The DfE has today updated the list of academies (SATs and MATs, but possibly not MACs) where there has been a change in overall responsibility, either from a standalone academy (SAT) into a multi-academy Trust (MAT) or between MATs. https://www.gov.uk/government/statistics/academy-transfers-and-funding-england-financial-year-2018-to-2019
These changes are generally not cost free. They can take place for a variety of reasons including, ‘due to intervention’, usually after an inadequate rating by Ofsted; ‘initiated by the Trust’ and as a result of the fact that the Trust ‘sponsor closed’. The last of these reasons seems to have incurred costs of around £3 million in the 14 months from January 2018 to February 2019. The DfE can offset such costs against any balances held within the Trust, but that cash cannot then be spent on educating the pupils.
Now it has to be recognised that in the past costs were incurred in dealing with failing local authorities. Hackney in the early years of the Labour government was one example, and I think that Bradford was another. Indeed Commissioners are still sent into Children’s Services rated as ‘inadequate’. However, the ability of trustees to effectively close their Trust brings a new dimension to this issue. I suppose that some of these Trusts might have, so to speak, fallen on their sword before they were the subject of intervention by the Regional School Commissioner’s Office.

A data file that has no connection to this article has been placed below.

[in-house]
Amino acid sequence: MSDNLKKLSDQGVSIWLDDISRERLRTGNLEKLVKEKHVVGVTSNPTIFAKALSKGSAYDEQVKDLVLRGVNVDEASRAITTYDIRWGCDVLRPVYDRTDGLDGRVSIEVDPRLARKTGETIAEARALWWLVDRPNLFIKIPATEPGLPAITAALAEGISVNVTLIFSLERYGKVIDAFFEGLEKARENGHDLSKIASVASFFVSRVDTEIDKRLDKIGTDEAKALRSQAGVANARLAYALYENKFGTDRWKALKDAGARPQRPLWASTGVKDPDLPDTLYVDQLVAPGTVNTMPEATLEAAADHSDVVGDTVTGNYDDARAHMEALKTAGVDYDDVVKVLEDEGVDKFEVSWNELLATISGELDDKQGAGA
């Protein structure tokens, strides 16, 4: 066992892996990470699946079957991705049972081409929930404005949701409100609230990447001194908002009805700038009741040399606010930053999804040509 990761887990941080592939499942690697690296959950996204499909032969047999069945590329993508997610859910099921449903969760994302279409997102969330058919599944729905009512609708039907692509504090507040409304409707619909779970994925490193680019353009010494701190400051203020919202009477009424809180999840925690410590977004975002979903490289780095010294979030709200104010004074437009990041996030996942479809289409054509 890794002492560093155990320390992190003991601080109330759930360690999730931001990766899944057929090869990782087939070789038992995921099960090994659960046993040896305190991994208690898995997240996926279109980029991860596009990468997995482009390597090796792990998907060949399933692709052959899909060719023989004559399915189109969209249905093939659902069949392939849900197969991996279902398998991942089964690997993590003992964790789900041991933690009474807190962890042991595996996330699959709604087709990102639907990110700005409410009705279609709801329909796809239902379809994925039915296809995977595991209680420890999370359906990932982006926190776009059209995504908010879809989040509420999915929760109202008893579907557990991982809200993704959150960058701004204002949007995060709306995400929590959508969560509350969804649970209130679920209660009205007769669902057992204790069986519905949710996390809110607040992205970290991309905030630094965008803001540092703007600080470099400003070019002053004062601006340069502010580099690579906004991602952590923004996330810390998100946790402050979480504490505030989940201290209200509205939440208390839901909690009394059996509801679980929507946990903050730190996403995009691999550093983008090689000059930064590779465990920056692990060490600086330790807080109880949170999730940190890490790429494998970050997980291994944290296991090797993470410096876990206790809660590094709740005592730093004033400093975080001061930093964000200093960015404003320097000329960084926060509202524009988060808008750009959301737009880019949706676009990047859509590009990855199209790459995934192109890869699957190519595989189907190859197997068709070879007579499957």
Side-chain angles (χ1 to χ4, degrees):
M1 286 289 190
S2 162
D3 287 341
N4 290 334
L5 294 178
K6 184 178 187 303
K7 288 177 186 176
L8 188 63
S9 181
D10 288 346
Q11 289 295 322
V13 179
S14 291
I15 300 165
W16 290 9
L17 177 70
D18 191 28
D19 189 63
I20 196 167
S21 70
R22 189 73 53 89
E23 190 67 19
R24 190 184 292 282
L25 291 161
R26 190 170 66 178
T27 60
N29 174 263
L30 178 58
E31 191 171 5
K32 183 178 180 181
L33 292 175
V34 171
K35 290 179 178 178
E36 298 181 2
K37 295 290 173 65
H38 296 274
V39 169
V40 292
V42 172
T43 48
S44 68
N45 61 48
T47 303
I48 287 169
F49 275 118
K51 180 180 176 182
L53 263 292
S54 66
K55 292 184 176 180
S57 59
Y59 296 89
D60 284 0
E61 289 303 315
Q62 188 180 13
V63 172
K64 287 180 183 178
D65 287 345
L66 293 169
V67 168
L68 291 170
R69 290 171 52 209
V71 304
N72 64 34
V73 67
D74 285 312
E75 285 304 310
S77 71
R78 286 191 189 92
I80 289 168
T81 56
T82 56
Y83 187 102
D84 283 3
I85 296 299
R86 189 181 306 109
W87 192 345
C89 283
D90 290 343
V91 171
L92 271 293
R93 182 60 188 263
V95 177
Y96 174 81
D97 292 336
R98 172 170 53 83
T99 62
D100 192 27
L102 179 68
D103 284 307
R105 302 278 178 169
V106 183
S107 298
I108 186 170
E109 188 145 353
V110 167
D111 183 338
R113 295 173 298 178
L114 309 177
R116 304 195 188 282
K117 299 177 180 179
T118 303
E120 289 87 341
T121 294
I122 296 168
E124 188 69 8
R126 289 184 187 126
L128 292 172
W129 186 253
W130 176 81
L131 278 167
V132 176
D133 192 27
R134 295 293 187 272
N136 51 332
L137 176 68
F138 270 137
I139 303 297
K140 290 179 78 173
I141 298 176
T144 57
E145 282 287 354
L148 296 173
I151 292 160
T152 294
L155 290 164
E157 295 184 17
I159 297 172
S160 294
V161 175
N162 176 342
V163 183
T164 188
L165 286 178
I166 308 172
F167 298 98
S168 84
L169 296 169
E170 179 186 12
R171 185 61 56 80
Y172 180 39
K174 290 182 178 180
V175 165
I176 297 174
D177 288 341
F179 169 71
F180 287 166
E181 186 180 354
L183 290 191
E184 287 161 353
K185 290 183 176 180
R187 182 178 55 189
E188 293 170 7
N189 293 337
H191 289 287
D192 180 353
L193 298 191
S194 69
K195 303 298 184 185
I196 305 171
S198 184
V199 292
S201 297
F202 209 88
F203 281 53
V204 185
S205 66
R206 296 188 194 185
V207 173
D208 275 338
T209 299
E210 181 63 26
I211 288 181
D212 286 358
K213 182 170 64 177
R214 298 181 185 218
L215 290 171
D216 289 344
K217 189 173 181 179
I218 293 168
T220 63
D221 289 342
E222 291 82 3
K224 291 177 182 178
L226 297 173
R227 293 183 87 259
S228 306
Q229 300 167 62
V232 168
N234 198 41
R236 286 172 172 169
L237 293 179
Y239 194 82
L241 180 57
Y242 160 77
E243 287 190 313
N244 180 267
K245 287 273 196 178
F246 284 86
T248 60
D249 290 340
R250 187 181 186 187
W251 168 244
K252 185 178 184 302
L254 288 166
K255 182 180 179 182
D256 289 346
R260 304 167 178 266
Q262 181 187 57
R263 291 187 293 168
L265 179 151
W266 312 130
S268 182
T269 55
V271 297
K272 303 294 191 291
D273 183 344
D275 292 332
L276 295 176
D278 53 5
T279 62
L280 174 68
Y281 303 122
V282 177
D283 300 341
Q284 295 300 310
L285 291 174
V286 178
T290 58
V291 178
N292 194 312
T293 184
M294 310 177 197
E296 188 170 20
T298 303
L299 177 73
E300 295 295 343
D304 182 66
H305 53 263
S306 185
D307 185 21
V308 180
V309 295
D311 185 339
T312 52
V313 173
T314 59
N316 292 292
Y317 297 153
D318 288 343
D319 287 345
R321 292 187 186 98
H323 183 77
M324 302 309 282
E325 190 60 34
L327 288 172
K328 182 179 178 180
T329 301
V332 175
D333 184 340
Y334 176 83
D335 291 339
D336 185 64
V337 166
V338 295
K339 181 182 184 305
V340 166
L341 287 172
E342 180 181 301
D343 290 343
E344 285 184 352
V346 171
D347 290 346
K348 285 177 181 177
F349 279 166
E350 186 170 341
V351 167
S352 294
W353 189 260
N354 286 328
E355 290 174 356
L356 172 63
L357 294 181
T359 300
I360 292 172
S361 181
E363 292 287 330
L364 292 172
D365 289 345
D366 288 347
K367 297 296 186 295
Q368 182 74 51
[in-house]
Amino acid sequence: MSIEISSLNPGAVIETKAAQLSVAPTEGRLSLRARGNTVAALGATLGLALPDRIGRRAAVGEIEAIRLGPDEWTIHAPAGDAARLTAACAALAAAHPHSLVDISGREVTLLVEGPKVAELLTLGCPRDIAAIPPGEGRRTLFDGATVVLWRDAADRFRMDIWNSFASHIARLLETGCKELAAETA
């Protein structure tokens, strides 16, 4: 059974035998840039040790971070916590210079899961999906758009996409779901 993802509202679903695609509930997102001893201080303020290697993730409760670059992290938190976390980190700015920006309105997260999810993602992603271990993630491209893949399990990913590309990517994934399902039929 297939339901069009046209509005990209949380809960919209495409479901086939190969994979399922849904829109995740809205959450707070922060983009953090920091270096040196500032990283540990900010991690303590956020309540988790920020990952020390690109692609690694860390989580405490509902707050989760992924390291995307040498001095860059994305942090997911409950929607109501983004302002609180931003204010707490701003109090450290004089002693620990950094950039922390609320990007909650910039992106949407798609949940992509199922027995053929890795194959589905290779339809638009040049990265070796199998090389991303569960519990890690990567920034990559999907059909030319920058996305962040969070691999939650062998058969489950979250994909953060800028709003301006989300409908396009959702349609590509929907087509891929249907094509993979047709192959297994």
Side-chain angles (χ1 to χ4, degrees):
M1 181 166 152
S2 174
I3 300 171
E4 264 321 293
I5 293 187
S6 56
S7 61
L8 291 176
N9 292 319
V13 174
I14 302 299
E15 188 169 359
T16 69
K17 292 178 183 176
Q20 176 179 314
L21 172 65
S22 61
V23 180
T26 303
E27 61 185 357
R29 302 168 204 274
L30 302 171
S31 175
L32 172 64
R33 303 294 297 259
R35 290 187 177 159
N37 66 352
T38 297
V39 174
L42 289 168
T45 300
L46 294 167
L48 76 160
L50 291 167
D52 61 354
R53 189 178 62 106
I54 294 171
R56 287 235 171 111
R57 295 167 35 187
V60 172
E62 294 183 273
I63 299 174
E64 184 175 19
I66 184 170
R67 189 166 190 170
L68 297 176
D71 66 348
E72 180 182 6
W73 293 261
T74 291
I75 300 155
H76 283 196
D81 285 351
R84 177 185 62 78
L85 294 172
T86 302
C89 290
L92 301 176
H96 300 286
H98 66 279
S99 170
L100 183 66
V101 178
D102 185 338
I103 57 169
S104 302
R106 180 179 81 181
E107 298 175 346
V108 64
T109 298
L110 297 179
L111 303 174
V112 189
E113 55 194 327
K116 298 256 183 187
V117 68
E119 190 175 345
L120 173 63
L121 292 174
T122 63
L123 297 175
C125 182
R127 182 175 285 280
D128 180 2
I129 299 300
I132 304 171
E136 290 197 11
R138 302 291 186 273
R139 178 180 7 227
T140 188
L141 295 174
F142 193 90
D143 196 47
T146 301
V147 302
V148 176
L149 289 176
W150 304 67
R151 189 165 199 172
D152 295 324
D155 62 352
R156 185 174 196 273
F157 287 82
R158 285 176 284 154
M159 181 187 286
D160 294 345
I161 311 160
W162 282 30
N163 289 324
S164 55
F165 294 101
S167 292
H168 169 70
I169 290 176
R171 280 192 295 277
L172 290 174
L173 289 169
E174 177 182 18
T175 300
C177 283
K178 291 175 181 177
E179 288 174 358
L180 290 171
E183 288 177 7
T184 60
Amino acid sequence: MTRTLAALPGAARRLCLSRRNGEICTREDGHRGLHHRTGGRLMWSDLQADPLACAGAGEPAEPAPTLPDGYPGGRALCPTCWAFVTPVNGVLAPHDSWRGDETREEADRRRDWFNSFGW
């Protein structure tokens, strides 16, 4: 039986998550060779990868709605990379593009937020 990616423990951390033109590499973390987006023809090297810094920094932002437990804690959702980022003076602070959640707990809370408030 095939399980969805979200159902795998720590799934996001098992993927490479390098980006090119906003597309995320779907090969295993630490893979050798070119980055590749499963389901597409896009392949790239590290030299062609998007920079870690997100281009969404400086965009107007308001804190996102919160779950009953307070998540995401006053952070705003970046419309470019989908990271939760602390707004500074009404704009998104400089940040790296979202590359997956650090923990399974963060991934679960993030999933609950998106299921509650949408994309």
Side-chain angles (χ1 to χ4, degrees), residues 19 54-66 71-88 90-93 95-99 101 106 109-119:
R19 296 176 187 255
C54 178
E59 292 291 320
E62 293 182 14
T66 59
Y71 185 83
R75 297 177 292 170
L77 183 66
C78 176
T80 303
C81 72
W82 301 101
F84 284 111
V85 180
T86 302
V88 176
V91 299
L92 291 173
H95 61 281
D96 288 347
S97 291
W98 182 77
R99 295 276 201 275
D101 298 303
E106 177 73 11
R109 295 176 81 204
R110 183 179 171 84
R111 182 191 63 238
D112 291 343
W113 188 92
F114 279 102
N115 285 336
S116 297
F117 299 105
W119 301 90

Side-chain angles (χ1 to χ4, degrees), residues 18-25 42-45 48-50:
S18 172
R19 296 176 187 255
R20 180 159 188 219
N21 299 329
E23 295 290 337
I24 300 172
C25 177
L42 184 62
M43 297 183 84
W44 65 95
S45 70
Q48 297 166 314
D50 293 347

Nevertheless, the fact that trustee can voluntarily decide to abandon one or all of their schools at a cost to the system does raise questions about the best use of scarce resources, an issue highlighted in the previous post on this blog.
There also doesn’t seem to be any requirement on trustees to think of others when making decisions to close a SAT or a MAT. There are times of year when such actions might be allowed, but others where it should be banned. I recall a few years ago a MAT announcing the closure of a school a couple of weeks before the notification of places for the following September was to be relayed to parents. The local authority had to re-run the whole exercise for that area, with a waste of time and money. Those costs would presumably not be included in the figures provided by the DfE, and I suspect the local authority were not reimbursed for the time an effort of their officers in ensuring every pupil had a place at secondary school that September.
The DfE might also like to publish a list of ‘orphan’ schools, declared ‘inadequate’ by Ofsted and requiring conversion to academy status but finding it a challenge to secure a MAT willing to embrace them.
I don’t know whether the Select Committee in their Inquiry into school funding looked into this sort of cost to the system, if not, then they might like to put such a study on their list for the future.
As I have written in previous blogs, there are some areas, such as pupil numbers increases, where costs cannot be avoided. There are other areas where reducing waste should be a real priority for the system. This looks like an example of the latter.